IN RECENT YEARS, college admissions have become a hot topic in the national news, and for good reason. Competition intensifies each year as increasingly qualified and ambitious high school seniors vie for a limited number of spots. Those familiar with the process know the anxiety involved. Furthermore, since many applicants receive several offers of admission, colleges themselves are uncertain about the percentage of students who will eventually matriculate. In their 2009 paper, "A Supply and Demand Model of the College Admissions Problem", Professors Hector Chade of Arizona State University, Oregon7 Lewis of Harvard, and Lones Smith of the University of Michigan at Ann Arbor, have rephrased the complicated relationship between applicants and colleges in terms of an economic allocation problem. They recognized the uncertainty between both involved parties and sought to explain it systematically.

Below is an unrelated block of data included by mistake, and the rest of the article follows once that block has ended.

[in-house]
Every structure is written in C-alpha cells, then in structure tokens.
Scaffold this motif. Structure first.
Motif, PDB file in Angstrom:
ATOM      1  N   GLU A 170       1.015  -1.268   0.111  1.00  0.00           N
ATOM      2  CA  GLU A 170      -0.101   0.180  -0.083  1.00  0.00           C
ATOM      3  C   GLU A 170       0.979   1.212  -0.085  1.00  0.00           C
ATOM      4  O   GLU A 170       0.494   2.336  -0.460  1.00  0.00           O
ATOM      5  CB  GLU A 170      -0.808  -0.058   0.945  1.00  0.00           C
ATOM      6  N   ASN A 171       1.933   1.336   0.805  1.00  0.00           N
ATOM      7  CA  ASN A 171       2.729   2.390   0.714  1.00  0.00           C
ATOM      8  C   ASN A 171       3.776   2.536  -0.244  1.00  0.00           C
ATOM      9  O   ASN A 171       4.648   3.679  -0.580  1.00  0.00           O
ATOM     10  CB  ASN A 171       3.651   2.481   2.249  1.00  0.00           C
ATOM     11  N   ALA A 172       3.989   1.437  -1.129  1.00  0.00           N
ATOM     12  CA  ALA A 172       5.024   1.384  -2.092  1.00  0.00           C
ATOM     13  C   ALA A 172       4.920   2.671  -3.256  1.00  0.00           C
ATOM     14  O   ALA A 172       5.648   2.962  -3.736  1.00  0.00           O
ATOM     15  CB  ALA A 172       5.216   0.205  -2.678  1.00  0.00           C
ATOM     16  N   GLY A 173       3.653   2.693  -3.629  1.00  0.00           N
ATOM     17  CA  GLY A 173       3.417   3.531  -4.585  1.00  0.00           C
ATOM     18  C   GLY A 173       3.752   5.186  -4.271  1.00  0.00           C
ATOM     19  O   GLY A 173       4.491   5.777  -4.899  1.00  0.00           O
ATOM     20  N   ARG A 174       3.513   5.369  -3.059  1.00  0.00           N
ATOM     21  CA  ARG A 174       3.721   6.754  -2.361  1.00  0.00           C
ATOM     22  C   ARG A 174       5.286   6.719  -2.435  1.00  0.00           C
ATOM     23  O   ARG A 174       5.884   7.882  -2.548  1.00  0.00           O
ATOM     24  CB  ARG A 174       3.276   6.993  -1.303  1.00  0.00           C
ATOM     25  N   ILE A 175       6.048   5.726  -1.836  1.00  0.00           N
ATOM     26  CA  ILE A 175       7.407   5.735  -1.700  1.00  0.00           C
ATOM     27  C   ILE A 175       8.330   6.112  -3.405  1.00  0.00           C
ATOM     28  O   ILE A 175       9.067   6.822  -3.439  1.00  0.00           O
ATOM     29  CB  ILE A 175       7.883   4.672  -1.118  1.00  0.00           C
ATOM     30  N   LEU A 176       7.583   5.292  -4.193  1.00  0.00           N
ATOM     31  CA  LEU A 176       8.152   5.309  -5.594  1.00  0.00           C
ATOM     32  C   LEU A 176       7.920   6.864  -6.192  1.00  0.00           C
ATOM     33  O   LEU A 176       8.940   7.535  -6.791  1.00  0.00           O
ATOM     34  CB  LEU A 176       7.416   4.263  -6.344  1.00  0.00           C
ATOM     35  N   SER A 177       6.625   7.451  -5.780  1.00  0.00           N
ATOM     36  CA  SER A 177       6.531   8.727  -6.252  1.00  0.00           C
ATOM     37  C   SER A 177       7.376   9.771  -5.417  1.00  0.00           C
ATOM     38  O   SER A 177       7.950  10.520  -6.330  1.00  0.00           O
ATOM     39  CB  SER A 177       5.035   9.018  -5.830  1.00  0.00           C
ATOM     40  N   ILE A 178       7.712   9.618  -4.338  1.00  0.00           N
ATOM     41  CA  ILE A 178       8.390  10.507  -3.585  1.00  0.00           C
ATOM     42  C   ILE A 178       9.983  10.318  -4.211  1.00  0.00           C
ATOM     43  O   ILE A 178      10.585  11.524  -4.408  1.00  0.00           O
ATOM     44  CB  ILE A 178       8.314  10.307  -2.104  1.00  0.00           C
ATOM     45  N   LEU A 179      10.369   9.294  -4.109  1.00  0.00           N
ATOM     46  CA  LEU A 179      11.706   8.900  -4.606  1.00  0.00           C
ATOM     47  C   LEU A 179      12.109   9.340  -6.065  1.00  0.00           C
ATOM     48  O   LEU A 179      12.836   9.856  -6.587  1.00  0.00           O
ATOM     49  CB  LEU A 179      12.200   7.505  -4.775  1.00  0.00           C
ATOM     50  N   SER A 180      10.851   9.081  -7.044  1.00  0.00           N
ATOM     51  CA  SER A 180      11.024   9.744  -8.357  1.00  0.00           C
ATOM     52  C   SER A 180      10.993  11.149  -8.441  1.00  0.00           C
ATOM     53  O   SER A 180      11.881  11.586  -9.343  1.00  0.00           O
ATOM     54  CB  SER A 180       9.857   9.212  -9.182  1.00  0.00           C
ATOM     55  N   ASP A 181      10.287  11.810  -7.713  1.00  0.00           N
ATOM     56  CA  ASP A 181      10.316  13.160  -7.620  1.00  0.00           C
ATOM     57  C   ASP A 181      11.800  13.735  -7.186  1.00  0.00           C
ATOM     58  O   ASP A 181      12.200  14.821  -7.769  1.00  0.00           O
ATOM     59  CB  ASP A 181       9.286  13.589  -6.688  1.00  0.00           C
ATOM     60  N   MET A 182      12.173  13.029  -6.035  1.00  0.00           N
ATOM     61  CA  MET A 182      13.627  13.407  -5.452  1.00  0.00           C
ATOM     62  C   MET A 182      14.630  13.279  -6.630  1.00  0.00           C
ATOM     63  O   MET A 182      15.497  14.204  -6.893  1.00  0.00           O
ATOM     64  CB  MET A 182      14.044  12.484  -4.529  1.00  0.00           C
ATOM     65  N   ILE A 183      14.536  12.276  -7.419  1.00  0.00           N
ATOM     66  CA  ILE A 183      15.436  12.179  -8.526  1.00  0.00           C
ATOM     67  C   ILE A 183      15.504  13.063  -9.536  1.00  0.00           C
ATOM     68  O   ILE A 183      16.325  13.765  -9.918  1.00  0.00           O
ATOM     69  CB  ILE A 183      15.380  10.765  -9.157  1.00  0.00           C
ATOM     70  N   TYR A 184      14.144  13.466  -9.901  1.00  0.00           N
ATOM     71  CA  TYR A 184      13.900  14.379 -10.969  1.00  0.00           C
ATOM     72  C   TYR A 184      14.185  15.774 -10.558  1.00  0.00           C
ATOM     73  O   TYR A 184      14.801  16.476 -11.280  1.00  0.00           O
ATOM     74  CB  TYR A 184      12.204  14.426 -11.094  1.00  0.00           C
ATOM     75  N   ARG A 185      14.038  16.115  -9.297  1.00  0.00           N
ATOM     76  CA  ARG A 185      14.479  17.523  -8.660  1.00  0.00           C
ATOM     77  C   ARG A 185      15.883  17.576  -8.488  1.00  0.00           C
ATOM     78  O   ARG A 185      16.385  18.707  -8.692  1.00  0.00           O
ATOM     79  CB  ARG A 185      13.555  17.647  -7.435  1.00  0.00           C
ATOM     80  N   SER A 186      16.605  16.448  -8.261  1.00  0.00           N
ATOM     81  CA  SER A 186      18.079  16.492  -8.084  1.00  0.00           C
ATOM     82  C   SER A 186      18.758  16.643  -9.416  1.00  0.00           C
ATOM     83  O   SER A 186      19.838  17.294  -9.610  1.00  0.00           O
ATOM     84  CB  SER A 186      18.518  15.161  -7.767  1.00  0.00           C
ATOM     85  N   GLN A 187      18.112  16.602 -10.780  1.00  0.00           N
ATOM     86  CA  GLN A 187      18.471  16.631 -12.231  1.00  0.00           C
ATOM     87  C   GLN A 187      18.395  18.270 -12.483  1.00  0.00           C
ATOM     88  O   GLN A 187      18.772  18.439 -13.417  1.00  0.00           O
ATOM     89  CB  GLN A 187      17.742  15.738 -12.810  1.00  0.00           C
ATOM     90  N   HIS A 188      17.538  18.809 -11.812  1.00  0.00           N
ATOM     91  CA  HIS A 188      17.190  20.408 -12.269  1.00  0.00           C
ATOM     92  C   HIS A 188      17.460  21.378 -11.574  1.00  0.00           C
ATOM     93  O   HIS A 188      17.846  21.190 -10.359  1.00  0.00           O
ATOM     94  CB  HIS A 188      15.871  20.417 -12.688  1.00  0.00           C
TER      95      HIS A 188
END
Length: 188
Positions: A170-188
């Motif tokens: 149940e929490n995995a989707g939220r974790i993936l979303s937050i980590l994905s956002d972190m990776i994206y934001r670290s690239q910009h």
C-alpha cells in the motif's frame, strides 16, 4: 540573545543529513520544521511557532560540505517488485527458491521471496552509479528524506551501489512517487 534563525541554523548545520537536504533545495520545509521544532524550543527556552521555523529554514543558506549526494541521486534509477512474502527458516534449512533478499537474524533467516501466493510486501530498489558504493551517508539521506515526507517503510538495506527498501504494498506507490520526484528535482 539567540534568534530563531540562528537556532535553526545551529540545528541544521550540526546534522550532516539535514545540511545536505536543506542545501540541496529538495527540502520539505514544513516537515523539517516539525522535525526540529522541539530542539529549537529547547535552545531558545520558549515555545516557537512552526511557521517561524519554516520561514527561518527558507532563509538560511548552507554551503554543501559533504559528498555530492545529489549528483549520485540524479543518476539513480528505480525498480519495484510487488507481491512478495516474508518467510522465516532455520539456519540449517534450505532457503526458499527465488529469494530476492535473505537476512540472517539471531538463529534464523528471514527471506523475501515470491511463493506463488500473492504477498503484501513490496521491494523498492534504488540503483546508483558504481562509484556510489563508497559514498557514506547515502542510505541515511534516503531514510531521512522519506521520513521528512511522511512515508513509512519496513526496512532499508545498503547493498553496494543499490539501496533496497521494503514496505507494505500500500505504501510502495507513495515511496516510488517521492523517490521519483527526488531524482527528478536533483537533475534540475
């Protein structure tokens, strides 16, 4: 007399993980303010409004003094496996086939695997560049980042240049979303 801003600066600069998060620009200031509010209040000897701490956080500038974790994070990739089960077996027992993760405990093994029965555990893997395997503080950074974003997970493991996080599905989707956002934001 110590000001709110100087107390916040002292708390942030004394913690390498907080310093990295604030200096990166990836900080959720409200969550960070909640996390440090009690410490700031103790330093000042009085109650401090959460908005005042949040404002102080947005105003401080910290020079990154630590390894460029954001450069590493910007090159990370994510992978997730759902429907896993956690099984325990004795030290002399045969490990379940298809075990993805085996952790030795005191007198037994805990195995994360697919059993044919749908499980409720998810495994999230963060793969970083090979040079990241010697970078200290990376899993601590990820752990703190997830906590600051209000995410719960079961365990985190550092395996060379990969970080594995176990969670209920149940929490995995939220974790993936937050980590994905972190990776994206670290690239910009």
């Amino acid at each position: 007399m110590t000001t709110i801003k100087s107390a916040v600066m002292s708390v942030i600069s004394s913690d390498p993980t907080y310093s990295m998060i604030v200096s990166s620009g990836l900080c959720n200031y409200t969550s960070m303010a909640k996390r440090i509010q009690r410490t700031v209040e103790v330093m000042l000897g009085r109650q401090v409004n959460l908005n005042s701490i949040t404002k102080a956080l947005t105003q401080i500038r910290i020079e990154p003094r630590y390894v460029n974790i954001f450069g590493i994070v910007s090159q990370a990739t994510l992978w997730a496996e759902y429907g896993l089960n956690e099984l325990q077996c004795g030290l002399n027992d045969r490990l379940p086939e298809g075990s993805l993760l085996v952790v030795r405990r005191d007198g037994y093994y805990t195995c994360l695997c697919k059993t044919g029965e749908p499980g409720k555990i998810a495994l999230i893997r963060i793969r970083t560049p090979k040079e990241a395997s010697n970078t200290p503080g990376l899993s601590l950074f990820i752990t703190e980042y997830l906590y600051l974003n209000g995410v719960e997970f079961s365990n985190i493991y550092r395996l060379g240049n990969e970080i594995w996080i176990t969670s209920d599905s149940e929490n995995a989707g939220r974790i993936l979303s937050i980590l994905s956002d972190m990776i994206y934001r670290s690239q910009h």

The researchers identified two important qualities of college admissions: applications are costly to the applicant and these admissions are noisily evaluated noise being uncertainty, misinformation, or even hype in a marketplace). From these initial observations, the researchers developed a supply and demand model where the classical "price" variable is replaced by "admissions standards." These standards are tacitly recognized in college admissions as grades, test scores, and extracurricular activities. When this metric was compared against college vacancies open to incoming freshmen, the researchers encountered some surprising conclusions.
The researchers applied the model to a simplified case involving only two hypothetical colleges. In equilibrium, optimized sorting suggests that better students will enroll in the better college, lesser students will enroll in the lesser college, and that the worst students will not enroll in either college. The model showed that this was not necessarily the case. Because the college assignment problem is a supply and demand situation, a college's standards of admission, the "price" in the usual sense, depend on that college's capacity. …